The Taliban assault on Jaghori killed dozens of Afghan soldiers and police, and spread to the neighboring district of Malistan. Thousands of residents fled to Kabul and other cities.

When protesters marched on the presidential palace in Kabul to condemn the attacks, a suicide bomber struck, killing at least six.

Protesters from the Hazara community condemned the Afghan government's failure to protect peaceful districts of Ghazni province in a demonstration in Kabul on Nov. 12, 2018
(Sayed Mustafa / EPA/Shutterstock)

Afghan officials say they have regained control of the districts, but only about 300 families have returned, said Mohammad Arif Noori, a spokesman for the provincial governor.

“The government has told us to return in order to receive aid, but I can’t take the chance,” said Ahmadi, who fled to Kabul with his family. “There’s no guarantee that the district won’t fall again.”

An eye on talks

Analysts say the Taliban leadership sought to strengthen its bargaining position just as its negotiators prepared to meet with Zalmay Khalilzad, President Trump’s special envoy to Afghanistan, in Qatar.


The State Department has not commented on the matter, but some Afghan and U.S. officials believe Khalilzad is urgently seeking a deal because Trump wants to announce an end to U.S. military involvement in Afghanistan before the 2020 presidential election.

The Taliban — an ethnic Pashtun-dominated group with roots in southern Afghanistan — has increased its territory in northern areas populated by ethnic Tajiks and Uzbeks. By occupying Hazara areas, the group could show it controlled lands where all four of Afghanistan’s major ethnic groups lived.

“They wanted to enter into this dialogue with a strong message that they have large geographic areas under their control,” said Mohammad Arif Shah Jahan, a former intelligence chief in Ghazni.

A flailing government in Kabul

The Ghazni attacks have added to fears the Taliban is exacting too heavy a toll on the Afghan military.

Afghan President Ashraf Ghani recently acknowledged that more than 28,000 Afghan soldiers and police had been killed since 2015 — a figure that surpassed even the gloomier estimates. (About 2,200 U.S. service members have been killed in Afghanistan since the 2001 invasion.)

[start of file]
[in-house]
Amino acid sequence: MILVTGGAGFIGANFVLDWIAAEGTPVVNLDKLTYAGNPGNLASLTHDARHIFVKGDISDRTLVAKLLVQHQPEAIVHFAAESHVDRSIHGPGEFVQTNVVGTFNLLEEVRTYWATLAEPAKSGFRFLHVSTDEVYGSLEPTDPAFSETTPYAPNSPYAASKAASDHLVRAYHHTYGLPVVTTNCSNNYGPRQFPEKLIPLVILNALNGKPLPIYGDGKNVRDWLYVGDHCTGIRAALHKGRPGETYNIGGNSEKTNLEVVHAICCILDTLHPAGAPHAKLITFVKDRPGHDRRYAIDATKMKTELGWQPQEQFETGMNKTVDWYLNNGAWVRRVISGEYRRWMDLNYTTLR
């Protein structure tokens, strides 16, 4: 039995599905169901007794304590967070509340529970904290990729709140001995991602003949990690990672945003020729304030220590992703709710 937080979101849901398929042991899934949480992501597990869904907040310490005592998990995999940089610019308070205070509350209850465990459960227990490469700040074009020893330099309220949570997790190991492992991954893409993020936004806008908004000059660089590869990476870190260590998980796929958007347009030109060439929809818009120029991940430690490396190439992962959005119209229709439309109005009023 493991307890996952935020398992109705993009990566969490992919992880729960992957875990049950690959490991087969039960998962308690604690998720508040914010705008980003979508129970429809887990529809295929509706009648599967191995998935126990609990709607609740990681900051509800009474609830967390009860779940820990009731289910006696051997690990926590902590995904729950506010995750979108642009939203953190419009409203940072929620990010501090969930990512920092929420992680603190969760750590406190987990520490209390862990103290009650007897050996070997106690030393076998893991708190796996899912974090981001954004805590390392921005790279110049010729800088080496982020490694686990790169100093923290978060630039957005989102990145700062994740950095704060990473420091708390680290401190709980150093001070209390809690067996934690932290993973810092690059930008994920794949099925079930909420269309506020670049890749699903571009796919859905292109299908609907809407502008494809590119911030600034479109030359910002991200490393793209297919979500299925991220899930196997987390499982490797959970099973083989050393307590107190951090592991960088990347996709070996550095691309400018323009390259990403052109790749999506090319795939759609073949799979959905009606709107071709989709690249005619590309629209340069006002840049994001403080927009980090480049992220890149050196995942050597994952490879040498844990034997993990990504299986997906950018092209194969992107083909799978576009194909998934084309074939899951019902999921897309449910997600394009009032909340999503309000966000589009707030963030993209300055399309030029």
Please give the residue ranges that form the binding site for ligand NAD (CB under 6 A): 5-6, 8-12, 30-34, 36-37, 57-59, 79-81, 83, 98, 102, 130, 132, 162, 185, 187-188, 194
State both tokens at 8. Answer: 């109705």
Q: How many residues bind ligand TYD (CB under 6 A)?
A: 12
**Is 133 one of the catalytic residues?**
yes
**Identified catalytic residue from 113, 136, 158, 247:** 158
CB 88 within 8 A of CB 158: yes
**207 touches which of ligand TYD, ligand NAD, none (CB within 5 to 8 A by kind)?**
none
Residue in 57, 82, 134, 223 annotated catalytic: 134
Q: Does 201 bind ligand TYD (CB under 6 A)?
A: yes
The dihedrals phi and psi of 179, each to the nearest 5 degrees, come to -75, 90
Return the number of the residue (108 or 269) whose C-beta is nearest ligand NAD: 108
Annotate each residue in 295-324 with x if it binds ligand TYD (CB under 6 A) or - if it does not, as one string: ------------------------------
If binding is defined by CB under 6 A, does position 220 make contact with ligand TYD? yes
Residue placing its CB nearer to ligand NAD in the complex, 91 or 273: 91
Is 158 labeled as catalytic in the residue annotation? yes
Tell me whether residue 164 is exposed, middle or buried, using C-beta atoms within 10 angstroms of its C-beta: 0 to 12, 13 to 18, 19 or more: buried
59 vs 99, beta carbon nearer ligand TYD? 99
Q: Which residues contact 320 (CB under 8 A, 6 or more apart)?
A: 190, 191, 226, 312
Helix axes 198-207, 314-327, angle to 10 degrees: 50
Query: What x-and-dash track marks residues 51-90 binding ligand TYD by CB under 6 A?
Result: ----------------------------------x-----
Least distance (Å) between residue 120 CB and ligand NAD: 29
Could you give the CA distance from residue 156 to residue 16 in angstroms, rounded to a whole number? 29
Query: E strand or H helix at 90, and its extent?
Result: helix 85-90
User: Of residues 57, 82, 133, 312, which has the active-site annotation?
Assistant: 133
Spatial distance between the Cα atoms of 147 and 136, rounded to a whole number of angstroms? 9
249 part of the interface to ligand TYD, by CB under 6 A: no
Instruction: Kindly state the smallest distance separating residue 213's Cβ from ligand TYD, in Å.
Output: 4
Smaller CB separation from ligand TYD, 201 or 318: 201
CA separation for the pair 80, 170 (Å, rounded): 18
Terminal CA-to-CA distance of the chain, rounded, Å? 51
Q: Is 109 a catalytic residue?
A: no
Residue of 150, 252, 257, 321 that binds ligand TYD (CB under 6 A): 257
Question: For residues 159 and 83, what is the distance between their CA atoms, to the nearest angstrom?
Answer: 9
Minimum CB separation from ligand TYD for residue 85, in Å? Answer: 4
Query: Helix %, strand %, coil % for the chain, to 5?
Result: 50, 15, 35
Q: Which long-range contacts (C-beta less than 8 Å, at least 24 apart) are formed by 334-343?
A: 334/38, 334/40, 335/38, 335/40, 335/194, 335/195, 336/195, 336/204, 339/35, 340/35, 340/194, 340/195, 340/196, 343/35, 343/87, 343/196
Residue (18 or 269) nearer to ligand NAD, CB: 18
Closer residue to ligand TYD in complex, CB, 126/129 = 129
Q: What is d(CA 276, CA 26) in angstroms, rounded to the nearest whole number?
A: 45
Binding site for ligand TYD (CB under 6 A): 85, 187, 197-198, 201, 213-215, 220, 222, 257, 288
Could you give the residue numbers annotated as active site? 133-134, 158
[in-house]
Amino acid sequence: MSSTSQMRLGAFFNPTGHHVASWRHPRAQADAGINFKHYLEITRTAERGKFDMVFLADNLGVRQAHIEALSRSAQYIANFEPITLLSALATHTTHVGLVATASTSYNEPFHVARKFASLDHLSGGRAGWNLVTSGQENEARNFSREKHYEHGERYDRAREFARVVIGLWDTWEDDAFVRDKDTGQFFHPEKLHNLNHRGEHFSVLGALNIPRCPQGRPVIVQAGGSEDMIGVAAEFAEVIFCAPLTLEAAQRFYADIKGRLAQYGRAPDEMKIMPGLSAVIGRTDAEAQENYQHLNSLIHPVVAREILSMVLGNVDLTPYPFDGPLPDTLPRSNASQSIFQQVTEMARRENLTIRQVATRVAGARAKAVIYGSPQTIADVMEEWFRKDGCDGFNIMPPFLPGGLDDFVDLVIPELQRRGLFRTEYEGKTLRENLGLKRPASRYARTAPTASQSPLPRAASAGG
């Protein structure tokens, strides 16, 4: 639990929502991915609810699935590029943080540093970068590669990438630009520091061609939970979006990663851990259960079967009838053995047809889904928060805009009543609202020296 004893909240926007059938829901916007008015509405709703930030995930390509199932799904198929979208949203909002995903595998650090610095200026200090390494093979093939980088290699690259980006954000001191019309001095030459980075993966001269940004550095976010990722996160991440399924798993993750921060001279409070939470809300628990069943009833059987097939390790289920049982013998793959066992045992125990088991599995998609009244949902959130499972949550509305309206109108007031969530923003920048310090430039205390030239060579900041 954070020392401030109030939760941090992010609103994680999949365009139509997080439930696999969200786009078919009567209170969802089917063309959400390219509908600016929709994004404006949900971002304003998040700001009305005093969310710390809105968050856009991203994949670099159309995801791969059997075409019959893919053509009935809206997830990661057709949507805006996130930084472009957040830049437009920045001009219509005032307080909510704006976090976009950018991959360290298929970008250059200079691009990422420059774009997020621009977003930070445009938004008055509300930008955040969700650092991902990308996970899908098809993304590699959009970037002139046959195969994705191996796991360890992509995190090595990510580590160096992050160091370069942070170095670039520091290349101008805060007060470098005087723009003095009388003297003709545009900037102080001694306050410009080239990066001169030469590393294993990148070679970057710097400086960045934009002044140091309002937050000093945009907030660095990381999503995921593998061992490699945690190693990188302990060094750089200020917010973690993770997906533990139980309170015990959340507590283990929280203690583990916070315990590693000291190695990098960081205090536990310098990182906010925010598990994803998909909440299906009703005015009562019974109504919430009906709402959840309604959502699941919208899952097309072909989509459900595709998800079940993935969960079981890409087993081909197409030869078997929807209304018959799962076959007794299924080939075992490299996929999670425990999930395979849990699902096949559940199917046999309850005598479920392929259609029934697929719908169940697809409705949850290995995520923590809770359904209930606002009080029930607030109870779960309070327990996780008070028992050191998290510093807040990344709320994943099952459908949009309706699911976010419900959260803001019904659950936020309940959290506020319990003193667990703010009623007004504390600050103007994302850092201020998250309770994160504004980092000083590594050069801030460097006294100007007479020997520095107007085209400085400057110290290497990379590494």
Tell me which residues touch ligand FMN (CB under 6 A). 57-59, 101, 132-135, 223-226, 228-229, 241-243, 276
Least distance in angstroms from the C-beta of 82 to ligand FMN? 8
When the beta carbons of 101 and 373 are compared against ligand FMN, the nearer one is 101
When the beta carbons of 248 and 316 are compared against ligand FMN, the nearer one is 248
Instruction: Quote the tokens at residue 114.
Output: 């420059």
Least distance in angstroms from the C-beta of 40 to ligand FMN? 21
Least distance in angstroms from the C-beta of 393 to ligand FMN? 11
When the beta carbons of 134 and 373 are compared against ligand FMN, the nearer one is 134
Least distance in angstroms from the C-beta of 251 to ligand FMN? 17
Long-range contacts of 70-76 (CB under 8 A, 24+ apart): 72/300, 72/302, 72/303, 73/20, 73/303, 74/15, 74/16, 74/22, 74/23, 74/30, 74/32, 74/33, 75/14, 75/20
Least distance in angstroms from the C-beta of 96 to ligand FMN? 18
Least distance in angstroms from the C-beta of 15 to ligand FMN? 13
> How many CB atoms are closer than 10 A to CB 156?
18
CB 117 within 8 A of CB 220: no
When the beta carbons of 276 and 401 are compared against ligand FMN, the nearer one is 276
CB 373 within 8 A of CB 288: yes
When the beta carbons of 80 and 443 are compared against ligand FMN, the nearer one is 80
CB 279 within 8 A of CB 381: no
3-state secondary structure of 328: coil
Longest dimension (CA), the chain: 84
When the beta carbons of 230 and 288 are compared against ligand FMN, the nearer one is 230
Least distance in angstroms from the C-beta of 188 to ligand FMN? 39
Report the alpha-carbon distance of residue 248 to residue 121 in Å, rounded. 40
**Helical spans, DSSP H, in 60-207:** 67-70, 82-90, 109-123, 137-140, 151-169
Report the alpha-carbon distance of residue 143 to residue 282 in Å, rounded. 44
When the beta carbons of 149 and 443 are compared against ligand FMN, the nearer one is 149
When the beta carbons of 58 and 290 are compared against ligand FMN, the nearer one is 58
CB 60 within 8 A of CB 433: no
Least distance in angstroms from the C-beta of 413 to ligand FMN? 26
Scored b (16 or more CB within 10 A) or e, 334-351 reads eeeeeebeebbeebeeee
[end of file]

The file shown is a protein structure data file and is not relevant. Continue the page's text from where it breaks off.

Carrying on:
Afghan security forces in Kabul inspect the site of a deadly blast near a demonstration on Nov. 12, 2018, against Taliban attacks in Ghazni province.
(Massoud Hossaini / Associated Press)

There are other problems in Kabul. Results from nationwide parliamentary elections last month — which weren’t even held in Ghazni because of insecurity — have yet to be announced because of widespread problems with new biometric devices used to verify voter identities.

The chaos has led to speculation that the presidential election scheduled for next April will be postponed, dealing another blow to the legitimacy of Ghani’s government and strengthening the Taliban.

“The Taliban are looking for political fragmentation in Kabul so they can engage directly with individual political groups, and they could become the major force,” said Haroun Mir, a political analyst.

Civilians under siege

In Ghazni, Taliban fighters lurk outside the city gates. Abdul Salam, a 22-year-old student who lives four miles outside the city, near where the U.S. service members were killed in the bombing, said residents were caught in the middle.

Taliban fighters demand food and shelter, so some families have taken to storing firewood in their guesthouses so that no one asks to stay there, he said in a phone interview.

The insurgents have also repeatedly cut power lines, plunging the city into semidarkness as winter approaches.


But the Afghan government has failed Ghazni by failing to send adequate troops or supplies to the city, Salam said.

“We don’t feel safe day or night,” he said.

Special correspondent Faizy reported from Kabul and Times staff writer Bengali from Singapore.

Shashank Bengali is Southeast Asia correspondent for The Times. Follow him on Twitter at @SBengali